The clean part may be stored for a period of time in distilled water to inhibit the reformation of oxides.
The final appearance of the object is influenced by both the chemical agents used an the application technique. The following details some of the typical applications methods.
- Cold Fuming. This technique produces an even color except where condensation causes pooling on the surface. Place the object on a platform (to keep it out of the patination agent) in a closed plastic container or bag and pour the agent on the bottom of the container. It is sealed and allowed to react with the metal. Cold fuming works well for ammonia and vinegar.
- Painted Solutions. The solution is patinated on with a swab or brush. A small amount of wetting agent (detergent or alcohol) aids in obtaining even results. The metal dries and the process is repeated until the results are satisfactory. Heat may be used to accelerate the process. Suitable for salt solutions and cupric nitrate patina.
- Sprayed Solutions. This method may be used to obtain an even or speckled effect. Repeated applications and time yield good results. Keep applications light. Spraying works well for salt and cupric nitrate solutions.
- Bound Materials. When a porous material moistened with a patination agent comes in contact with a metal surface, a reaction occurs at the contact points. An object may be wrapped in cloth or string to utilize this effect. Organic materials such as feathers and plants may be bound to the object. If tightly bound, surface activation is prevented and outlines are emphasized. Dry materials bound to the surface and exposed to ammonia or vinegar fumes act as resists. The agents soon permeate the binding medium, and etching as well as patination may take place at the contact points. If brass is left in contact with ammonia or vinegar for long periods of time, it will become fragile and crumble with light pressure. Use other metals for structural elements if using these agents on work.
- If the agent is pooled on the metal it reacts locally. Grease (fingerprints) can emphasize pooling effects. The edges of pools will react differently than the centers.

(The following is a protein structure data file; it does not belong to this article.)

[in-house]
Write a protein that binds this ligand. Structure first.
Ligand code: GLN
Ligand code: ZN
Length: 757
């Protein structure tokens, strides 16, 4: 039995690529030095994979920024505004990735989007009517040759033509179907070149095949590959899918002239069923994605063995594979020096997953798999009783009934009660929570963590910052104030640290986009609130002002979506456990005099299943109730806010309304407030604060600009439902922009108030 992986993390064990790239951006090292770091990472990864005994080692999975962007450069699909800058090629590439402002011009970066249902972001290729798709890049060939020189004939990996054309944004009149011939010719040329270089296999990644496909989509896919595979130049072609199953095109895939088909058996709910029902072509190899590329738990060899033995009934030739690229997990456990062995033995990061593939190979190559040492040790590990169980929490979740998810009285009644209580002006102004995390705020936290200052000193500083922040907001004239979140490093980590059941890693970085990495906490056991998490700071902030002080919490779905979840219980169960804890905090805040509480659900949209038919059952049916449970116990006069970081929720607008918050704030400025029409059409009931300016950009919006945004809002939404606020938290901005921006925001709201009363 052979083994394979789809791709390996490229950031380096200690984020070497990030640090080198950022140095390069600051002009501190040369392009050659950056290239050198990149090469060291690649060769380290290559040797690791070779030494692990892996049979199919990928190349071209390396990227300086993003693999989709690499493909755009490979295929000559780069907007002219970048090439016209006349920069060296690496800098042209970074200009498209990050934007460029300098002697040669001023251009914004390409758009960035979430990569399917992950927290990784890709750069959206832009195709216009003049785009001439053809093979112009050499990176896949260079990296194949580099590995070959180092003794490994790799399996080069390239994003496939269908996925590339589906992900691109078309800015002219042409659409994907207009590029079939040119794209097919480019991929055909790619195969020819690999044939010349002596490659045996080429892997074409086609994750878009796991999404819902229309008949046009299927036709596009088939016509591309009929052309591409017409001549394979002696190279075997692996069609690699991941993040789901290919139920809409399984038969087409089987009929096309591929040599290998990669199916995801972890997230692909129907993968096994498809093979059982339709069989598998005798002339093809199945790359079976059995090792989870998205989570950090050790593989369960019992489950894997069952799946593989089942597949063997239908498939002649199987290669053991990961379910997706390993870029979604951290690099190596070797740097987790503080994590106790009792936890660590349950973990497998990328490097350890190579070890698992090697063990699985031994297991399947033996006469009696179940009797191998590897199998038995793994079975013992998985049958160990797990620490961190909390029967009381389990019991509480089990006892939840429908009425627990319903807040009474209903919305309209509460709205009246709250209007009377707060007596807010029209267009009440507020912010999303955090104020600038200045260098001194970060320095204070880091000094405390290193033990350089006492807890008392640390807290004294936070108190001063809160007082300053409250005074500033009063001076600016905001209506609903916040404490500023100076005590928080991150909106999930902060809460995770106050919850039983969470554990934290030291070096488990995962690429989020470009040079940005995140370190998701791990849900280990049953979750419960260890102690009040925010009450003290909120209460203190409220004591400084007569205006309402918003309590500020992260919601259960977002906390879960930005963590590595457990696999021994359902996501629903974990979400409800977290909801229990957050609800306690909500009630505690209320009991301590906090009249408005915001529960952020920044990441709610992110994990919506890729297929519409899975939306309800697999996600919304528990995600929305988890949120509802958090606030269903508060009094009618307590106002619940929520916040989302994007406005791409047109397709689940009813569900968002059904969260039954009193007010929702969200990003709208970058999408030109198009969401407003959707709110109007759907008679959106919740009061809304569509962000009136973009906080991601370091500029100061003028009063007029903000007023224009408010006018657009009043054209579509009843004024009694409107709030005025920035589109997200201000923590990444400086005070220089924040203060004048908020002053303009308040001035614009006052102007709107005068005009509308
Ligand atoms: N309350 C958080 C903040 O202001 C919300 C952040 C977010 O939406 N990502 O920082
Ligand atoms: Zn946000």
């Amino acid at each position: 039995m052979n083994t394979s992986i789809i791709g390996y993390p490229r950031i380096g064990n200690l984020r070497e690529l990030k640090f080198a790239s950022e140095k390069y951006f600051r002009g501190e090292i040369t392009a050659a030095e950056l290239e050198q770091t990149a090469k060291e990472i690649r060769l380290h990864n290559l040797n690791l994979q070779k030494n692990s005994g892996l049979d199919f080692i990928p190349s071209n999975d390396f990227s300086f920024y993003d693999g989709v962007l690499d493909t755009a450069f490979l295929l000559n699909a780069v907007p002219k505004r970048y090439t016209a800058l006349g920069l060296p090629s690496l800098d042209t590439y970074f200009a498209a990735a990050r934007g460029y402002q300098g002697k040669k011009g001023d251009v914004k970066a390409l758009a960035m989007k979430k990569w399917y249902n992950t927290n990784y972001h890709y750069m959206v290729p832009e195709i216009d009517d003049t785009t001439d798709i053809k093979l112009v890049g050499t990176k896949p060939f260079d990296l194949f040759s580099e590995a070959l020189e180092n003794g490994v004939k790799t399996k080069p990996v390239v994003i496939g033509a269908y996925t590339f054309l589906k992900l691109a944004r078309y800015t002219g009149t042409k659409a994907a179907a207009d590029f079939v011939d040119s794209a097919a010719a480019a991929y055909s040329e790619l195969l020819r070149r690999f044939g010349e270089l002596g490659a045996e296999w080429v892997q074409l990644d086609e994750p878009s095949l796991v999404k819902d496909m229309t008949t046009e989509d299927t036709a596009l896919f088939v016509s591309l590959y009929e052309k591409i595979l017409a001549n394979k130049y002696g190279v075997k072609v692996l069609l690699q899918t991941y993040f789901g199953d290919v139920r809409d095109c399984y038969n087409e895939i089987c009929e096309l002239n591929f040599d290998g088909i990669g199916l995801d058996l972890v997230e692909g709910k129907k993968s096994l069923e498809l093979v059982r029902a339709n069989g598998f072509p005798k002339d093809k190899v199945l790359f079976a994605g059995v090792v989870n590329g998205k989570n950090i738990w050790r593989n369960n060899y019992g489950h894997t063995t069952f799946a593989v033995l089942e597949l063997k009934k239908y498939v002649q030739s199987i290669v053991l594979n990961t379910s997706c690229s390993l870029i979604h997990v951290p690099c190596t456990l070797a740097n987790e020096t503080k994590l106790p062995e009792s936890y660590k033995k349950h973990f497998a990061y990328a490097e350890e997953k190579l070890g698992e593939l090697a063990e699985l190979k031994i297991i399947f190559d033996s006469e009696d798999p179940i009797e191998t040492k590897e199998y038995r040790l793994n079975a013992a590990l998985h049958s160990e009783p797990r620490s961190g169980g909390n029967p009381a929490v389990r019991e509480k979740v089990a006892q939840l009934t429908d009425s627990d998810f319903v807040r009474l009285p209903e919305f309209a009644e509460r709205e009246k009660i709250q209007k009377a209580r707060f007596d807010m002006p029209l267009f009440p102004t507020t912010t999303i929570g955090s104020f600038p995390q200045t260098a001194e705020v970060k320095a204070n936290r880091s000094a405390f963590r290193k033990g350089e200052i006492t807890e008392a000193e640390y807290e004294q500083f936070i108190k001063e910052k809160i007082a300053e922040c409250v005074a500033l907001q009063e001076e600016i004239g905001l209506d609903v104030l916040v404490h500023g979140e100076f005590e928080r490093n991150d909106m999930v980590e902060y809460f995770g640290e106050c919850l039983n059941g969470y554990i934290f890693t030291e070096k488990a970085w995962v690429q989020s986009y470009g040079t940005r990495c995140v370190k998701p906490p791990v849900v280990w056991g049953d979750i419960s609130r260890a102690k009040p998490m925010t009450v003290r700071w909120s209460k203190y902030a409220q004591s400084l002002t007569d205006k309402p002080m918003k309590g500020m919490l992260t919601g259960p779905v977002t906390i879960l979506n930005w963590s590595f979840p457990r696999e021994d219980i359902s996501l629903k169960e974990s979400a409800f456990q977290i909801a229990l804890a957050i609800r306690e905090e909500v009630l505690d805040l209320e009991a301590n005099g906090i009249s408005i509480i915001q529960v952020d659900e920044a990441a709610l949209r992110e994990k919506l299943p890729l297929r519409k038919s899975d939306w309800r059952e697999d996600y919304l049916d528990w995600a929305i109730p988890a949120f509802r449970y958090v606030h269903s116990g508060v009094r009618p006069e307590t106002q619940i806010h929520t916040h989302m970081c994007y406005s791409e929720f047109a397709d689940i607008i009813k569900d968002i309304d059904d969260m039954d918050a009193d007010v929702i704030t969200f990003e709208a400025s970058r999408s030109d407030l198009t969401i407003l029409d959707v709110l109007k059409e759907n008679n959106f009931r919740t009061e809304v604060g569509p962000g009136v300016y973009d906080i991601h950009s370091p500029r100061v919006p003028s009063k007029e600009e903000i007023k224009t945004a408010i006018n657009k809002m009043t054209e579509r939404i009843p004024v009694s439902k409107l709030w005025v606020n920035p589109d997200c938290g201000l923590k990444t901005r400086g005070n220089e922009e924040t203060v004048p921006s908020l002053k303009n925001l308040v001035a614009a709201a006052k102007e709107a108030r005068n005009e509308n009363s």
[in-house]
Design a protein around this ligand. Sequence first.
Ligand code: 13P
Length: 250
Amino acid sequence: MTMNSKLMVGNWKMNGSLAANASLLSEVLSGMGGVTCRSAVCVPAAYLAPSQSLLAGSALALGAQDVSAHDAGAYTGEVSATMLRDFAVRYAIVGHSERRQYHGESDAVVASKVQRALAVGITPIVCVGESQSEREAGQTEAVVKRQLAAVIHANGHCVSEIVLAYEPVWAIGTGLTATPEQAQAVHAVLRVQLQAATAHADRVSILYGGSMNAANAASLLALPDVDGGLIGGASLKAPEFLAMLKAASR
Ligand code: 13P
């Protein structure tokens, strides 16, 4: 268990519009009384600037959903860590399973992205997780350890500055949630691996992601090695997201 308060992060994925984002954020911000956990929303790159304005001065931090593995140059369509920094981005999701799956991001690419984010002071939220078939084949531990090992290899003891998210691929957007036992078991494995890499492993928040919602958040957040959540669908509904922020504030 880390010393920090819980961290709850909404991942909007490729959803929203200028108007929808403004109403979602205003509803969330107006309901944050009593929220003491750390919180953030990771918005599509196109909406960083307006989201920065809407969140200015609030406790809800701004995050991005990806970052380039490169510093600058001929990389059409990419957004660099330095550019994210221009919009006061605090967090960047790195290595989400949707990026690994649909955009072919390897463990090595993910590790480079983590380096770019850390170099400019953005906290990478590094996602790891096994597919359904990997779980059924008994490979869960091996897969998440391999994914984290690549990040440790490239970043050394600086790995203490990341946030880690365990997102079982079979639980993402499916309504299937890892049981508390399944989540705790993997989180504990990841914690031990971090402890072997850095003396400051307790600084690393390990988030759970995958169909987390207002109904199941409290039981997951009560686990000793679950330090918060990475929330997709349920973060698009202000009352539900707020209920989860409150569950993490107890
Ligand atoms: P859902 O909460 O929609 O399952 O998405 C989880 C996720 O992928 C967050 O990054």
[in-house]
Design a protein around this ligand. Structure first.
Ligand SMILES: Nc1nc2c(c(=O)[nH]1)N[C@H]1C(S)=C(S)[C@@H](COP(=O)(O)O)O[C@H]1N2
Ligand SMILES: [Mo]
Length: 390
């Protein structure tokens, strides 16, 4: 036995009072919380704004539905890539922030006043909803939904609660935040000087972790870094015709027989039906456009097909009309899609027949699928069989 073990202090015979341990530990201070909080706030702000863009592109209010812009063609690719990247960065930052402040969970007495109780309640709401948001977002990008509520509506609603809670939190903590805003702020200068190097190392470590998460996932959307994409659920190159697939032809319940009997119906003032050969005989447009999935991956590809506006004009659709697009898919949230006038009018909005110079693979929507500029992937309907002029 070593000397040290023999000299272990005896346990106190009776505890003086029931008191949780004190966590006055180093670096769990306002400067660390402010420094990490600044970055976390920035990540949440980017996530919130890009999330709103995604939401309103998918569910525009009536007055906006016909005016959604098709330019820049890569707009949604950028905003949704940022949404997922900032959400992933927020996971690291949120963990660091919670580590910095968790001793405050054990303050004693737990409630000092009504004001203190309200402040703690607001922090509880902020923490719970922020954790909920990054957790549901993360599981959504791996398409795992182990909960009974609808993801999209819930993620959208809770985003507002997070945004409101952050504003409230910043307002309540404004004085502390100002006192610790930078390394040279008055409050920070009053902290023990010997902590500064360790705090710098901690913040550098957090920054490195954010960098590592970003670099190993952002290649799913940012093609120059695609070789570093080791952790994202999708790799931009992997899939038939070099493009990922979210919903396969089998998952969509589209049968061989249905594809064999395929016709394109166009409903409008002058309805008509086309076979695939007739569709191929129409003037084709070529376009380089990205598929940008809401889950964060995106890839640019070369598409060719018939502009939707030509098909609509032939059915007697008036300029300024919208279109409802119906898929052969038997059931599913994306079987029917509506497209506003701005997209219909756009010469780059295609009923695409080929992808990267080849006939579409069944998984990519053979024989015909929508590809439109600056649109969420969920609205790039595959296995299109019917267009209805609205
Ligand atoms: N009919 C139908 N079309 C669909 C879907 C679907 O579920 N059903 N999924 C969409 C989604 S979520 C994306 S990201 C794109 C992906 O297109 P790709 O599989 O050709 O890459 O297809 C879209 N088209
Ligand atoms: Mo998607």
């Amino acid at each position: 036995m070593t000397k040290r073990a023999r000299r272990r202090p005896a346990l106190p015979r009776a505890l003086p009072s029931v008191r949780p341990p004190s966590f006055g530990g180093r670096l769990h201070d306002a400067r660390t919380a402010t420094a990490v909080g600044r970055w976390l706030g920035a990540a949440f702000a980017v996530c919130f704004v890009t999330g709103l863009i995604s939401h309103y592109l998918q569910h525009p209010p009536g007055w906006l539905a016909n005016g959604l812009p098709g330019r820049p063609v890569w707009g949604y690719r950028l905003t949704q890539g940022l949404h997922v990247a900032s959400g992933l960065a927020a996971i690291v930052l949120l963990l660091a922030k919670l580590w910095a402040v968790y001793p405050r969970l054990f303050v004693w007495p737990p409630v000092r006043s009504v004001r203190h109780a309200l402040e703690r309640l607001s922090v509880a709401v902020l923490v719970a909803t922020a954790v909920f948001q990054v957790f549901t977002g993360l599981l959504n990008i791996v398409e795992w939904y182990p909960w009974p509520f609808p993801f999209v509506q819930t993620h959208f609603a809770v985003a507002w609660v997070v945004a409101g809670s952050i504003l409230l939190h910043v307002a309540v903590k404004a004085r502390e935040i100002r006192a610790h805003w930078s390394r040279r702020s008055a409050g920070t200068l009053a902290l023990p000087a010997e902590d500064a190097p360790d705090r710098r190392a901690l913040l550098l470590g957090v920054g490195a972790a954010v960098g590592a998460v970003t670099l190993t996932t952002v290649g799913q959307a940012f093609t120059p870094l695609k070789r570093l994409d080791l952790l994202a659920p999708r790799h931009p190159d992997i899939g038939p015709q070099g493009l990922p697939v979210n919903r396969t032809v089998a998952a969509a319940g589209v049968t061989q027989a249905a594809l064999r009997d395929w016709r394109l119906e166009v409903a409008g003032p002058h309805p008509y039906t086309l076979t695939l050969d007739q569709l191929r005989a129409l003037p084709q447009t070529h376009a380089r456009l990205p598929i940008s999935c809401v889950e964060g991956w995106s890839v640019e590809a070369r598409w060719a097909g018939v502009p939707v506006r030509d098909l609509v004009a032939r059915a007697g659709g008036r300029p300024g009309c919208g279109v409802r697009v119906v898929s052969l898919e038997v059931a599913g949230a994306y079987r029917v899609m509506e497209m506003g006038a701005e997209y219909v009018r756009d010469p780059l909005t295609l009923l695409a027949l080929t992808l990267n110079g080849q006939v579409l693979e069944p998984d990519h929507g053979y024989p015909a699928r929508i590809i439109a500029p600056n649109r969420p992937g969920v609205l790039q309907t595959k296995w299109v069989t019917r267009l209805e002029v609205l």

- The object is immersed in the solution. This method is inappropriate for ammonia or vinegar but may work with salt solutions.
- Moistened Shavings. Damp (not wet) wood shavings or other porous materials work well for differential patination/etching of surfaces. Again, contact points are the focus of action, an example being the polka dots produced by hamster cage cedar shavings. Etched texture is possible on copper alloys with ammonia and vinegar. Possible media include resin-free sawdust and shavings (no oak either), peanut shells, kitty litter, styrofoam balls or chunks, crushed cork, sisal or coarse fibers, pin needles, grass, leaves, straw, etc. Use in a sealed container. The pieces may be shaken to obtain a randomized effect. Rowe and Hughes suggest making a dam of modeling clay to contain the moist media to obtain patterns or masks areas.
Tape, wax, lacquers and other resists may be used with these agents. Layered metals like mokume, doublée and selectively plated surfaces can be considered as a type of resist. Different reactions occur when the various metals are exposed to the agent. Gold is nonreactive and serves as a good resist. It retains its bright yellow color against the green of the base metal below. “Gold Painting.” a gold fusion technique on copper, provides a useful way of developing patterns using gold as a resist.
Next we will consider some common agents. Clear household ammonia produces greens and blues on copper alloys, olive greens on bronze. It works best in thin films. This may be provided by treating the object in an ammonia atmosphere with a damp surface. (Without prior dampening it will condense on the metal.) If the metal is wetted with a salt solution rather than water, a bright blue is produced in about two hours. If left overnight, it intensifies but is far less adhesive. Vinegar works in a way similar to ammonia. Moistened shavings work well as an application technique.
Salt may be sprinkled as dry crystals and then left in a humid place (laundry room) to react with the metal. A day or more is required. Solutions of salt produce varied results. Salt patina is characterized by variegated bright green and orange on copper. Salt also works well in combination with other solutions and fumes. An example is the Rowe/Hughes solution #3.129 (cupric nitrate 200g, salt 200g, water 1000ml), which may be applied hot or cold and produces azure and orange surfaces. This produces a loose patina good for non-wearable work, unless well sealed or built-up.
The balance of this paper will deal with the application of cupric nitrate patinas. This general-purpose patina may be applied hot or cold and may be built up to cover surfaces evenly with excellent adhesion. The solution is most easily applied to brass but holds better on copper. It is a surface covering and may be used on silver, nickelsilver, bronze, steel, iron and even gold. Caution: a good fume hood is necessary when working with this chemical. Nitric acid fumes are released (corrosive, irritant) and the possibility of metal-fume poisoning exists. Plans for a small-scale fume hood for patination designed by Theo Jansen and James Evans are available from the Ontario Crafts Council in Canada. To test air-flow speed use a smoking rope to see the draft in action. The smoke should rise at an angle of no more than 10° from the metal as it moves toward the vent. Rubber gloves and cleanliness are essential. This patina should not be used on surfaces next to skin. No eating, drinking or smoking when working with this patina.